Reps commence probe of NDDC over expenditure of N81.5bn in five months

The House of Representatives Committee on Niger Delta Development Commission (NDDC) on Wednesday expressed deep concern over non-submission of financial reports by NDDC and the frivolous expenditure of funds running into billions of naira without developmental benefit to the people of the Niger Delta region.

The chairman of the Committee, Honourable Olubumi Tunji-Ojo (APC, Ondo) made this known during an investigative public hearing its organised to investigate financial malfeasance and other activities in the Niger Delta Development Commission.

According to him, “the visionary eyes of forerunners in our hallowed chambers caught the dire need to develop the Niger Delta region to mitigate the impact of national economic activities in the area. In the year 2000, the National Assembly established the Act that birthed the Niger Delta Development Commission with a clear mandate to develop the land and the people. 20 years after, we must ask ourselves some critical questions as the baton of preservation falls on us.

“The forensic audit ordered by Mr President in NDDC must have been premised on these critical questions, perhaps the unremitting cry of the people in the region and the need to see maximum value for successive allocations. That underscores the reason this House rightly recognised the need to appropriate fund for the exercise when the Commission failed to reflect this in its 2019 budget estimates.

“The all-important audit is believed to be ongoing, albeit must be without needless controversies and disconnecting allegations of corruption, hence, the need for us as a committee to be thorough, patriotic, and unbiased in the national call to duty.”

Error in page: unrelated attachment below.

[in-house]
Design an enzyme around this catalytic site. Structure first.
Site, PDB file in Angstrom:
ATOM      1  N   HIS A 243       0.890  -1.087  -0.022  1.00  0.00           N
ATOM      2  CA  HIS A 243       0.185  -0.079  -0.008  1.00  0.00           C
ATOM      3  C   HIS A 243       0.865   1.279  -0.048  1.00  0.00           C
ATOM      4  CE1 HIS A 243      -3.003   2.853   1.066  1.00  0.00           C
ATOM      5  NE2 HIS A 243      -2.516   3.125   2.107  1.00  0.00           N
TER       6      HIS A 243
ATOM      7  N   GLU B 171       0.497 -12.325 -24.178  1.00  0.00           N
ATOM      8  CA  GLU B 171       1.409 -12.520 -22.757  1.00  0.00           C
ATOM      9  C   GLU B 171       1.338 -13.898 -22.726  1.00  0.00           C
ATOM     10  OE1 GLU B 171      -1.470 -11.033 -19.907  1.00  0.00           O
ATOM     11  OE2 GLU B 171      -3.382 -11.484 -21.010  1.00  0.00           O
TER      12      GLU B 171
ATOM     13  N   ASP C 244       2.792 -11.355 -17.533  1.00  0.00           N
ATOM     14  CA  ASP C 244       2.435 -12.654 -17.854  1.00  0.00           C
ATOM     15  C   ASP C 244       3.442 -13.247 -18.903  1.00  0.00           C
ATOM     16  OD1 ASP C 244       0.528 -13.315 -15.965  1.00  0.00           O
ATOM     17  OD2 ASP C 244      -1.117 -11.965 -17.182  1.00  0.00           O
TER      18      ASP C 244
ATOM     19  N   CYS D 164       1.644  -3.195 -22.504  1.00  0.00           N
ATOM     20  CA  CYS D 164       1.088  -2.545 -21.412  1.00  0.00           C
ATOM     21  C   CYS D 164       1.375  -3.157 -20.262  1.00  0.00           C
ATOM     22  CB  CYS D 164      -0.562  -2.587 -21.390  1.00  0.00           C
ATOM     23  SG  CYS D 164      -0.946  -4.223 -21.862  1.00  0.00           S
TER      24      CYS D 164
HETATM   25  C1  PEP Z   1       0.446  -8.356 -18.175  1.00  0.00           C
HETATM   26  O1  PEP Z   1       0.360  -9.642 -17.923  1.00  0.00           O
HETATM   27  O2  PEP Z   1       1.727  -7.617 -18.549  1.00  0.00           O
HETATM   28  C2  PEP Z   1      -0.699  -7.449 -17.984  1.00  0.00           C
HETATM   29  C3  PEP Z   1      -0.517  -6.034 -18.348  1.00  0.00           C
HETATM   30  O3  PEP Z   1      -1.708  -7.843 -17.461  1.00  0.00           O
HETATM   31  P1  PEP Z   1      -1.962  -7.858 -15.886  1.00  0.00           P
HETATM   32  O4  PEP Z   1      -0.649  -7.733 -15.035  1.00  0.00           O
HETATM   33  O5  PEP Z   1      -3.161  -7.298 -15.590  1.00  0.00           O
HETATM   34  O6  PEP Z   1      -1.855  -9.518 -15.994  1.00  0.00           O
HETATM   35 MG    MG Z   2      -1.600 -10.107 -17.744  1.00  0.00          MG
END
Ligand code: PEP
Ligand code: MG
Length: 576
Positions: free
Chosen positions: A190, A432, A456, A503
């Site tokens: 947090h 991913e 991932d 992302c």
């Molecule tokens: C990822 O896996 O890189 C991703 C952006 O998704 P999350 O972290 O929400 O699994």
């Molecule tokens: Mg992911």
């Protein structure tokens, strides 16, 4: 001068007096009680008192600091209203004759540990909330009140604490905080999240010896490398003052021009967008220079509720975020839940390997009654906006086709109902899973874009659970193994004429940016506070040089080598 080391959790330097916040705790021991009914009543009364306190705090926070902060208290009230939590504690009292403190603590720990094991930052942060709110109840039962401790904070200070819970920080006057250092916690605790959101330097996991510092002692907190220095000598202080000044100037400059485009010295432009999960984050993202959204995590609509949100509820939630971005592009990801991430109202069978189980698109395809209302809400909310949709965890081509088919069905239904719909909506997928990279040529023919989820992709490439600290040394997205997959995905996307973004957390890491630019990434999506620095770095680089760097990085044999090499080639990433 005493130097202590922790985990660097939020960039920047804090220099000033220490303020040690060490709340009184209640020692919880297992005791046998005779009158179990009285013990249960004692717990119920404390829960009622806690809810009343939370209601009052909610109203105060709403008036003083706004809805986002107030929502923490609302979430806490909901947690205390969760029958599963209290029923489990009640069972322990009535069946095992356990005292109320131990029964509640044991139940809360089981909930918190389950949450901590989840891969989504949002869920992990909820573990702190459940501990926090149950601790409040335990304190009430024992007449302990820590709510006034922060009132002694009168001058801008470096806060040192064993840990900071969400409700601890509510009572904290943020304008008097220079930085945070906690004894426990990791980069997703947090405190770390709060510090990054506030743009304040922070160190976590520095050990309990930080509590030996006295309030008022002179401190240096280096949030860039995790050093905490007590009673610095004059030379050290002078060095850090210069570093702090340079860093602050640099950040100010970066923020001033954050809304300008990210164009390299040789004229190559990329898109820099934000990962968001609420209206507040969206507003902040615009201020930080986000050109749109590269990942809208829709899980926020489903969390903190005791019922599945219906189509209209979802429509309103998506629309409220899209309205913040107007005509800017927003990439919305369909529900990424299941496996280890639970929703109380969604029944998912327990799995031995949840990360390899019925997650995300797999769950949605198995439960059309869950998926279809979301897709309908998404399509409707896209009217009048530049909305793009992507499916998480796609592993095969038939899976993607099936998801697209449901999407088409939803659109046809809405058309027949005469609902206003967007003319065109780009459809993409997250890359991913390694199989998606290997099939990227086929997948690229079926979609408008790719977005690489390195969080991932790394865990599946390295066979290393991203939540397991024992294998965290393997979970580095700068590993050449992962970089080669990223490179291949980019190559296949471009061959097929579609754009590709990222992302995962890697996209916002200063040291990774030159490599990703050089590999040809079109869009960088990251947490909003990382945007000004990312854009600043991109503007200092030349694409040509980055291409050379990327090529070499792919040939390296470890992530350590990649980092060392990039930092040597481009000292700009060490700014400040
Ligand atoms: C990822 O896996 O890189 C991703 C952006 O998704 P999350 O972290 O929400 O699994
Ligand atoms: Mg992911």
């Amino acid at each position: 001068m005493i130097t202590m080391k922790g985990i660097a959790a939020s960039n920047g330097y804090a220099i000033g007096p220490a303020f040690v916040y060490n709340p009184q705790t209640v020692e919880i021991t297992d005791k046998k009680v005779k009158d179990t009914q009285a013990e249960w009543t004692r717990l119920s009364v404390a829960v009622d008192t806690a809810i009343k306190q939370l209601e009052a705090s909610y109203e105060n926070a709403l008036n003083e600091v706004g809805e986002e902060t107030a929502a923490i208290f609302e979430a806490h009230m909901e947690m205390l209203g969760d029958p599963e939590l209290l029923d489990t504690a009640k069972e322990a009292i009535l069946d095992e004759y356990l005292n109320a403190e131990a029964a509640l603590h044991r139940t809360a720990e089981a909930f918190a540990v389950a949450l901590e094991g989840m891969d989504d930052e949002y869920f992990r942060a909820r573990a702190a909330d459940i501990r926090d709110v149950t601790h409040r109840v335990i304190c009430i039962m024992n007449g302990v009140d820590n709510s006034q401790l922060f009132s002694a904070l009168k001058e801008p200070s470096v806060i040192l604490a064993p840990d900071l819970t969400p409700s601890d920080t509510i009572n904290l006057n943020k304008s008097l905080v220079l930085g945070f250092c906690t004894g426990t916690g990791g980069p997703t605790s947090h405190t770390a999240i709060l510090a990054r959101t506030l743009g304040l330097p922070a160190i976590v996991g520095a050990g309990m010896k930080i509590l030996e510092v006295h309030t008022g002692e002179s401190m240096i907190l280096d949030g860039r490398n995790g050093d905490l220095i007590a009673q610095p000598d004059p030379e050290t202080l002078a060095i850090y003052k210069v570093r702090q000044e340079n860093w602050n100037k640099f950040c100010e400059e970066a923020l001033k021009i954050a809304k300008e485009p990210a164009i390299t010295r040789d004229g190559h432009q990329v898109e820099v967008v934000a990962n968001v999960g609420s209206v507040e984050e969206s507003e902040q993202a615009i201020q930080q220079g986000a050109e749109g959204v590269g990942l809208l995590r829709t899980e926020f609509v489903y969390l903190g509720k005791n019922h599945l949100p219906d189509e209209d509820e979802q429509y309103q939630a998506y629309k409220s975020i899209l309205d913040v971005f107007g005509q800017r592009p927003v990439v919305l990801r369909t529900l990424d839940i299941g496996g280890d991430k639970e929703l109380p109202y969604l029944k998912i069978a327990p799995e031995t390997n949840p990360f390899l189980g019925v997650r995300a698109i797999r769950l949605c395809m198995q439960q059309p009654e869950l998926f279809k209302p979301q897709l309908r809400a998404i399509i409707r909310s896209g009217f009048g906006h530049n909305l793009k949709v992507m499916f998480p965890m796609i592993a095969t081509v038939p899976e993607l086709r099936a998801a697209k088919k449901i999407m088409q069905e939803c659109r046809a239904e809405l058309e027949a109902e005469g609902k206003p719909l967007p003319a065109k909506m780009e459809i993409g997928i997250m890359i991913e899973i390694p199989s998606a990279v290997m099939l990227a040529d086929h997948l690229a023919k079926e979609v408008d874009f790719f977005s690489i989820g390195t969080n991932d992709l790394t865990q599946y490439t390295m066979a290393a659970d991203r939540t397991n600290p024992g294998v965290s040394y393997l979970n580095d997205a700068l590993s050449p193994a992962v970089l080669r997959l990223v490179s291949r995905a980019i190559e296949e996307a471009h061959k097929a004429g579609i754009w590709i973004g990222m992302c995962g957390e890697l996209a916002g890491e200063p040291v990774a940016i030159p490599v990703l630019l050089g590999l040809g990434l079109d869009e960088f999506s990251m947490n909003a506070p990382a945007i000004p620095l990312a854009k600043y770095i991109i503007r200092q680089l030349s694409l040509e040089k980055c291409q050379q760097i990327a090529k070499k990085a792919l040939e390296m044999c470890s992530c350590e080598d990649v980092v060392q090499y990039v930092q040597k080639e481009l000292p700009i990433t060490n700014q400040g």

The lawmaker, while reeling out the expenses as allegedly made by the NDDC, said the documents submitted by the Central Bank of Nigeria (CBN) and the Auditor General’s office showed an expenditure of N81. 5 billion in five months with a comprehensive breakdown.

According to him, “In the course of going the books submitted by both the Central Bank of Nigeria (CBN) and Auditor General of the Federation (AGF) this is the total amount spent from January to May 2020 is N81.5 billion.”

“The expenditure is as follows;

  1. Community relations- N1.3 billion
  2. Condolences- N122.9 million
  3. Consultancy: N83 million
  4. Covid-19- N3.14 billion
  5. DTA (Duty Travel Allowance)- N486 million
  6. Impress- N790.9 million
  7. Lasser fever- N1.956 billion
  8. Legal Services- N900 million
  9. Maintenance- N220 million
  10. Overseas travel- N85.6 million
  11. Project Public Communication- N1.121 billion
  12. Security- N744 million
  13. Staffing related payment- N8.8 billion
  14. Stakeholders engagement (February 18- May 31, 2020)- N248 million

Total spent: N81.5 billion

Meanwhile, Mr Anthony Ayine, the Auditor General of the Federation and Mohammed Sabo, the representative of the accountant general both confirmed they had challenges in getting to audit the account books of NDDC and urged the House to amend the constitution to reflect punitive measures for defaulters who do not submit their financial reports to their offices as of when due.

According to Auditor General of the Federation, “it has been difficult getting NDDC to respond to us which equally affected us in concluding our report. However, there has to put in place punitive measures so as to discourage to agencies that would want to go against the constitution.”

In his own submission, Mr Sabo said, “we had challenges with NDDC. We had serious difficulties getting responses from NDDC and that’s why the audit report was delayed because of getting NDDC to respond.”

Addressing newsmen after the session, developments from the hearing, Hon Tunji-Ojo reiterated that the Committee remained focused on delivering a very exhaustive investigation result that would be a reference point in the annals of history of the commission.

“Please note that the House has not condemned anyone, else there would be the need for investigation as directed. We are not hypothetical or condemnatory but open without prejudice,” he stated.

 

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